Humboldt-Universität zu Berlin - Mathematisch-Naturwissenschaftliche Fakultät - Institut für Informatik

Gastvortrag Dr. Andreas Peter

Wir laden Sie herzlich ein zu einem Gastvortrag von Herrn Dr. Andreas Peter, Universiteit Twente, Niederlande.
  • Wann 12.07.2017 von 10:00 bis 23:59
  • Wo 12489 Berlin, Rudower Chaussee 25, Humboldt-Kabinett
  • iCal

Der Titel seines Vortrages ist

"Applications of Somewhat Homomorphic Encryption in Privacy-Enhancing Technologies".

Der Vortrag wird je nach Wunsch der Teilnehmenden auf Deutsch oder Englisch gehalten.

The talk will be given in German or English, depending on the audience's preference.

 


Abstract:

In 2009, Gentry presented the first Fully Homomorphic Encryption (FHE) scheme, which intuitively supports arbitrary computation over encrypted data without the need to decrypt. While, theoretically, FHE schemes can be used in many settings to provide data privacy (in terms of data confidentiality), in practice they suffer from severe efficiency drawbacks. Somewhat Homomorphic Encryption (SWHE), on the other hand, constitutes a relaxed form of FHE which only supports the computation of a limited set of functions on encrypted data (i.e., functions that can be represented as an arithmetic circuit with fixed and restricted amounts of additions and multiplications).

 

In this talk, I would like to show that the limited functionality of SWHE schemes can be sufficient to provide data privacy in specific application scenarios and can lead to constructions efficient enough for practical use. Concretely, I will look at two example applications from different domains: (1) enhancing privacy in recommender systems based on social networks and (2) privately outsourcing forensic image recognition. Using the different characteristics of these settings, I will identify some features of SWHE which make the further study of this type of encryption within the area of Privacy-Enhancing Technologies particularly worthwhile.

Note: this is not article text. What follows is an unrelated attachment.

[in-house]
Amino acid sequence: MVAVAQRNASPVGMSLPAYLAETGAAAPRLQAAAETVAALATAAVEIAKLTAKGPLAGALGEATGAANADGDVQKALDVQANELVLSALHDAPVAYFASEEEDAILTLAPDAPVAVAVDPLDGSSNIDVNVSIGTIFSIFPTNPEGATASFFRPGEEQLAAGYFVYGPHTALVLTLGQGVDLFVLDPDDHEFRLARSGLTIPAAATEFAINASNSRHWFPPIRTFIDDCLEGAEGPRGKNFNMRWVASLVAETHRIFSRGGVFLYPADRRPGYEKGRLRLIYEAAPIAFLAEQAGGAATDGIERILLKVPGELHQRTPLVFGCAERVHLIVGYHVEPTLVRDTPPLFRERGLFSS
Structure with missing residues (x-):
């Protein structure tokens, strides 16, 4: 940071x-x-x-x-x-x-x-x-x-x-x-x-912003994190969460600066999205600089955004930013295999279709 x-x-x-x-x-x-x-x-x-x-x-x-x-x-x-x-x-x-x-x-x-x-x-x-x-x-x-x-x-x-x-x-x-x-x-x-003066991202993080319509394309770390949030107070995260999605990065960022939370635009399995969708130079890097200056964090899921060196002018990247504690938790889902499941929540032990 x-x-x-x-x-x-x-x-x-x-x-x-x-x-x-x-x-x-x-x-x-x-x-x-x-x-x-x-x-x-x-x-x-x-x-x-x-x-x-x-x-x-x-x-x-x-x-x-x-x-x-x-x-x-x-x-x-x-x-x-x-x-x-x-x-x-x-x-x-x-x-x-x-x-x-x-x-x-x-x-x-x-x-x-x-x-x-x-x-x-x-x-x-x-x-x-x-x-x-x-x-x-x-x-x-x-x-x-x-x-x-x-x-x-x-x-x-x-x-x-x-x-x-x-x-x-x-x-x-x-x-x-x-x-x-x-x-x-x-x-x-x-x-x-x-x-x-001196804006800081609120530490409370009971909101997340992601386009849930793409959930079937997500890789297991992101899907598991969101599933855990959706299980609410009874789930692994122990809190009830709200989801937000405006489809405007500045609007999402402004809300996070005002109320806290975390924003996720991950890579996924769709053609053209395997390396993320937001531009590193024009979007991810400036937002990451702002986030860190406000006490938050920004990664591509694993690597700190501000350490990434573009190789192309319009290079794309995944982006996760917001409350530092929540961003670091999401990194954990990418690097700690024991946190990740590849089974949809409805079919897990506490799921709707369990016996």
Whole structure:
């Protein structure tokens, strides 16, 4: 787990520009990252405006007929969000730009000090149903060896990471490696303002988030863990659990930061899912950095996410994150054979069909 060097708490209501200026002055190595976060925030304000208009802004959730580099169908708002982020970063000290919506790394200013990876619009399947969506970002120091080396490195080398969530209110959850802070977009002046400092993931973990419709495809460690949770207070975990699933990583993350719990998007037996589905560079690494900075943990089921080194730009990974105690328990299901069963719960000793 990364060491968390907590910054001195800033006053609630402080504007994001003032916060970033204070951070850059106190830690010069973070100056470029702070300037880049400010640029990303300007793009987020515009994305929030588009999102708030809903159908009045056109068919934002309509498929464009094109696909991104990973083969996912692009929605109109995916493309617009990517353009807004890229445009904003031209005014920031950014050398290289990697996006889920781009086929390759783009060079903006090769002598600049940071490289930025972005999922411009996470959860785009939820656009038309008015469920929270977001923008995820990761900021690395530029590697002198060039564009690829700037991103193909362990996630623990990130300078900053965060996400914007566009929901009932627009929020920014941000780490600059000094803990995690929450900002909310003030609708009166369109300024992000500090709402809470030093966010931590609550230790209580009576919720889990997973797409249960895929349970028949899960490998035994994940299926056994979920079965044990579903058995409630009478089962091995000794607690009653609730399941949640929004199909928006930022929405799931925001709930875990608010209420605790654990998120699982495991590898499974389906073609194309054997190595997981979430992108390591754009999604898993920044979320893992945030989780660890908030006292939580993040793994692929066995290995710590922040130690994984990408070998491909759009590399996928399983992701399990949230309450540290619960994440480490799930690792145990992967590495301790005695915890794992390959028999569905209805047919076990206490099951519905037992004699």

Short CV:

Andreas Peter graduated with a M.Sc. in mathematics at both the University of Cambridge (UK) and the University of Oldenburg (Germany) in 2008 and 2009, respectively. Subsequently, he received the Ph.D. in computer science from the Technical University of Darmstadt (Germany) in 2013. His Ph.D. thesis deals with the topic of secure outsourcing of computation with a special focus on homomorphic encryption. Since 2014, he is employed as an Assistant Professor at the chair of ''Services, Cybersecurity and Safety'' at the University of Twente (NL). His current research interests include both fundamental and applied security and privacy aspects in IT systems with a focus on privacy-enhancing technologies, cryptographic protocol design and analysis, as well as the application and theory of functional and homomorphic encryption. He served on the program committees of several workshops and conferences devoted to information security and privacy. Since 2015, he serves on the Editorial Board of the MDPI Open Access Journal on Cryptography and the SpringerOpen EURASIP Journal on Information Security.